If you’re looking to add some flavor and versatility to your cooking, then you need to try this Chao Nian Gao recipe – also known as Shanghai Stir-Fried Rice Cakes. This dish is not only a well-known Chinese cuisine classic, but it’s also incredibly delicious and easy to make.
As someone who has always loved exploring different cultures through their dishes, I can confidently say that this is one recipe you don’t want to miss. The hearty and chewy texture of the rice cakes combined with the umami flavors of soy sauce, chili bean sauce, and the sweetness of sugar creates a mouthwatering experience that is unforgettable.
What makes this recipe particularly special is that it is often enjoyed during the Lunar New Year – an essential holiday in Chinese culture. So, not only does it taste amazing but making it can be a cultural experience for those interested in learning more about Chinese New Year traditions.
In this article, I’ll guide you step-by-step through the entire process so that you can create your own delicious stir-fried Shanghai rice cakes in no time. Trust me; once you’re done, you won’t be able to resist digging in!
Why You’ll Love This Recipe
It’s not every day that you come across a dish as delicious as Chao Nian Gao. This mouth-watering Shanghai-style stir-fried rice cake recipe is packed full of flavor and texture, making it the perfect addition to any dinner table.
One of the things I love most about this recipe is its versatility. You can customize it to your liking by adding ingredients such as shiitake mushrooms, bean sprouts, and spinach, or adjust the spice level with chili bean sauce. The possibilities are endless, and you can get creative with the dish to suit your taste buds.
Moreover, this rice cake stir-fry is an easy-to-make dish suitable for any occasion. Whether you’re celebrating Chinese New Year or looking for a quick and delicious dinner recipe, Chao Nian Gao is a great choice.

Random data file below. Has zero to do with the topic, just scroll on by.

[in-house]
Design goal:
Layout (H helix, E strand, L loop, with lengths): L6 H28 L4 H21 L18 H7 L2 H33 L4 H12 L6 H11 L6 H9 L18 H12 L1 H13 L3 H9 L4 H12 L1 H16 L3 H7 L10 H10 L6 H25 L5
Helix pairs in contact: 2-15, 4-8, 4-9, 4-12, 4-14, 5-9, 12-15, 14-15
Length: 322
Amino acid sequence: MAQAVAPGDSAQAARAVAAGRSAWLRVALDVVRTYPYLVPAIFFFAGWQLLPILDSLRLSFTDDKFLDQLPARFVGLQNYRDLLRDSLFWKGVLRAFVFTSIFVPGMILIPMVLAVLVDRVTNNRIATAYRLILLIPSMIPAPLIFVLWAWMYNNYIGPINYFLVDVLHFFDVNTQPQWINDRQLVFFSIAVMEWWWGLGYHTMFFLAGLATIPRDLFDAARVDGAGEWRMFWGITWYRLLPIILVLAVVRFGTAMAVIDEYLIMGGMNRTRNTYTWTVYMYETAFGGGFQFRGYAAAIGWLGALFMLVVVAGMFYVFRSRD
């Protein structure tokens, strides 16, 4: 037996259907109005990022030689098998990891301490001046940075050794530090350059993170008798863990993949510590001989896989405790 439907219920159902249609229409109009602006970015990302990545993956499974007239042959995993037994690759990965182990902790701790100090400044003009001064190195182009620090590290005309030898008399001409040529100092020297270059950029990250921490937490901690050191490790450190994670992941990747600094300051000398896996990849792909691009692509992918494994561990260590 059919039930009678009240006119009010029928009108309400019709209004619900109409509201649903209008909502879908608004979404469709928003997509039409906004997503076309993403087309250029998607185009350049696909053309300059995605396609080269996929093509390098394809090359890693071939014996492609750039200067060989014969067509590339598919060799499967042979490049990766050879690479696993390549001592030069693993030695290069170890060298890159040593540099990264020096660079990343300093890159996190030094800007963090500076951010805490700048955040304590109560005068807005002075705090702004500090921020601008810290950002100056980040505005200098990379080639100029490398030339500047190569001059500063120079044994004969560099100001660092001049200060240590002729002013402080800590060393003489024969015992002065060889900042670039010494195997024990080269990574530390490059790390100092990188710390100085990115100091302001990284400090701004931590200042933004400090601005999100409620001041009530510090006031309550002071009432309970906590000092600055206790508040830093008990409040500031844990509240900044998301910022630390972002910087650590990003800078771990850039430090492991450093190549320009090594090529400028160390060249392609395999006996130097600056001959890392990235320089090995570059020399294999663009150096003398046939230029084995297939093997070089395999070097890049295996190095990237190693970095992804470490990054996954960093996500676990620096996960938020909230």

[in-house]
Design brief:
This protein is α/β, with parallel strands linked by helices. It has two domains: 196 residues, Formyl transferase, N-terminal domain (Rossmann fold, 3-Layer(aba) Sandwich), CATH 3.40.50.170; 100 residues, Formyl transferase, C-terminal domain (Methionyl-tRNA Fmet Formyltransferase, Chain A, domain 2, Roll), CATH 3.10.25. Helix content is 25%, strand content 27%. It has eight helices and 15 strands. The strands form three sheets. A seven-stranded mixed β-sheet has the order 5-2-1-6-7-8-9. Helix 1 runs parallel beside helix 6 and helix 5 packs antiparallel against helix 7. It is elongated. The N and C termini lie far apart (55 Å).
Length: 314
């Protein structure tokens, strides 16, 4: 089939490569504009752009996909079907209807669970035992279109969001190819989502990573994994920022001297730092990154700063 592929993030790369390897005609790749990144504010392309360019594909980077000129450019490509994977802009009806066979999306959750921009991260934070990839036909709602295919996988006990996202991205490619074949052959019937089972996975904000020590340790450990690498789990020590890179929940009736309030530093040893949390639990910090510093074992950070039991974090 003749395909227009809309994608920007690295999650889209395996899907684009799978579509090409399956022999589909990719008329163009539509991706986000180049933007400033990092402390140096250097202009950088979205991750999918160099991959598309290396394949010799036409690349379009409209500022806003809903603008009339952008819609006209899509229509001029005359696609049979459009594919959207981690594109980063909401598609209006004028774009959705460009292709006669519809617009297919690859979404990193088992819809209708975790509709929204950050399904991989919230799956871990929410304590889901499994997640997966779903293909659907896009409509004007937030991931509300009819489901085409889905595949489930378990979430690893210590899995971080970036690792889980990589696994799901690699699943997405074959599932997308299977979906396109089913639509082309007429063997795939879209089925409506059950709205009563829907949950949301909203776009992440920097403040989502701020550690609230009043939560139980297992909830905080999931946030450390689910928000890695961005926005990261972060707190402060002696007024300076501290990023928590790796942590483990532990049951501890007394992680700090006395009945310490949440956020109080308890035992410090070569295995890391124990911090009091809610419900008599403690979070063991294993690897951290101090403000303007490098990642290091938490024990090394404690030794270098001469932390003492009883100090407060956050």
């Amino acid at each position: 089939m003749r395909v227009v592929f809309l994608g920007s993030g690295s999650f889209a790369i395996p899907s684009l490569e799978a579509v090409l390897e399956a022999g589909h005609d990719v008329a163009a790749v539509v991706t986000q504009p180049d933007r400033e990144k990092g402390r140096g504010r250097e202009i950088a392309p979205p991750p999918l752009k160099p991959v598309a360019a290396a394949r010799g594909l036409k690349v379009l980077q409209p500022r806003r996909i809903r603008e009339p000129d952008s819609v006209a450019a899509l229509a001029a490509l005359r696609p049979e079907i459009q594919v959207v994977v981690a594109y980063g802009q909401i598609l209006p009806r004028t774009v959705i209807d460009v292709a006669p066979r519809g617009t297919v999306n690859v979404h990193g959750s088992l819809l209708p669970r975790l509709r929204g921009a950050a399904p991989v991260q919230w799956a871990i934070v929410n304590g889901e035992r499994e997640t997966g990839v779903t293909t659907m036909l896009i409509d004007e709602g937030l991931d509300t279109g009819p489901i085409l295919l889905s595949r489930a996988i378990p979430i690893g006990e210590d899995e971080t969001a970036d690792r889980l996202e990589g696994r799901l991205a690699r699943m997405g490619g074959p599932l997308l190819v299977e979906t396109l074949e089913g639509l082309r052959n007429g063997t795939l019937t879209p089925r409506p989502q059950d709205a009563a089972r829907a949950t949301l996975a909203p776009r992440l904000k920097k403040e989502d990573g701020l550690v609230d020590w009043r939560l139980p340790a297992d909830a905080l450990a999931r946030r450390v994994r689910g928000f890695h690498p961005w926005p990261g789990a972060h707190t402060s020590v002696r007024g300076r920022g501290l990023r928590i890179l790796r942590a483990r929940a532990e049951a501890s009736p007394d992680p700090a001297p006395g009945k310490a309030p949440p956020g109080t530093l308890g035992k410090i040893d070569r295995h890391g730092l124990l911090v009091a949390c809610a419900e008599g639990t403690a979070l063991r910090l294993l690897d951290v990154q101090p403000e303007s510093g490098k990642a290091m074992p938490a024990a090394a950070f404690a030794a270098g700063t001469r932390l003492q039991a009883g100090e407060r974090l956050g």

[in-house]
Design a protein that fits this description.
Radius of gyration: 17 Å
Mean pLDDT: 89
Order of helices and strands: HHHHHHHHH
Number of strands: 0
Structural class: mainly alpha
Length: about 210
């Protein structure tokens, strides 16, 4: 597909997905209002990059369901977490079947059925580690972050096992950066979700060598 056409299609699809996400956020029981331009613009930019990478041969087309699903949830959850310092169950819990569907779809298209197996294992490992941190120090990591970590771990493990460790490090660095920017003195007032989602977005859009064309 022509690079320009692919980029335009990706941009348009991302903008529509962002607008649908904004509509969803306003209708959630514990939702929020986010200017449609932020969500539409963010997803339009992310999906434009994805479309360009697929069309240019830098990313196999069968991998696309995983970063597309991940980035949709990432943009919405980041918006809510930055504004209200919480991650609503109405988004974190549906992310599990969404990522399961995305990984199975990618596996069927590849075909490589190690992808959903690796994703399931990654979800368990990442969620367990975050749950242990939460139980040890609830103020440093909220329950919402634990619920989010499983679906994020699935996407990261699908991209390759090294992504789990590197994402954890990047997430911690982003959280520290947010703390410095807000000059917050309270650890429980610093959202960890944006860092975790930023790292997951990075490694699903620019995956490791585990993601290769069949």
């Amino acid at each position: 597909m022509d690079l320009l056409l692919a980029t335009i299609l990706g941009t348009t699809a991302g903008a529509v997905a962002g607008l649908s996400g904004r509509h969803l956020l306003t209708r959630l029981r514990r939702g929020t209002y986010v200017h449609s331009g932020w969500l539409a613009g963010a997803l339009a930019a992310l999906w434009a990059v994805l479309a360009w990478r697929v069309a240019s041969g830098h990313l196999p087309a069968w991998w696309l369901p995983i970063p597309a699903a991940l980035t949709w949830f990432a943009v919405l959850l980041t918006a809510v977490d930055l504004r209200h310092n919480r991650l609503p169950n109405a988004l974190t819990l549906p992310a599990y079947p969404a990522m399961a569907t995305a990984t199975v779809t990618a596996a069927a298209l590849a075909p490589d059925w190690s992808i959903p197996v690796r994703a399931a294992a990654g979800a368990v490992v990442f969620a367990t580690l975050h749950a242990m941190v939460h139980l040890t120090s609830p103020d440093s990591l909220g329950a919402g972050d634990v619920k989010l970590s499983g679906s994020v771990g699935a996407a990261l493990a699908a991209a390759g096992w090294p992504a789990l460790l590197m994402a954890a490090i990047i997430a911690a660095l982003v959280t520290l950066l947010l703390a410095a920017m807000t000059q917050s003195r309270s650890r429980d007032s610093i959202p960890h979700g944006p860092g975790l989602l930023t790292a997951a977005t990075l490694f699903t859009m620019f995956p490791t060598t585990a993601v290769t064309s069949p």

The sticky rice cakes that make up the dish are mild in taste but have a chewy texture that adds depth and substance to the recipe. With soy sauce, dark soy sauce, and sugar mixed in with other ingredients, this dish has a complex flavor profile that will satisfy your palate.
In summary, if you’re looking for a new favorite meal or wanting to try something different from the traditional fried rice dishes, then Chao Nian Gao is a must-try. With its rich flavors, chewy texture, and endless customization options, this recipe won’t disappoint.
- 1 lb. rice cakes (nian gao)
- 2 Tbsp. canola oil (or any other neutral oil)
- 3 cloves garlic, finely chopped
- 1-2 inches fresh ginger, peeled and minced
- 1 cup napa cabbage, sliced
- 1 cup bamboo shoots, thinly sliced
- ½ cup Shiitake mushrooms, sliced
- 1 cup bean sprouts
- 1 cup spinach leaves
- 2 Tbsp. low-sodium soy sauce
- 2 Tbsp. dark soy sauce
- 1-2 Tbsp. chili bean sauce (depending on the desired spice level)
- ½ tsp. granulated sugar
This Chinese-style dish is packed with flavor and texture thanks to a delicious blend of veggies, spices, sauces and the main ingredient: Nian Gao or sticky rice cake. It’s a great way to experience authentic Shanghai stir-fried rice cakes without having to go to China! The ingredients are pretty common but if you cannot find nian gao in your area don’t worry, you can use frozen rice cakes or homemade ones made out of glutinous rice flour.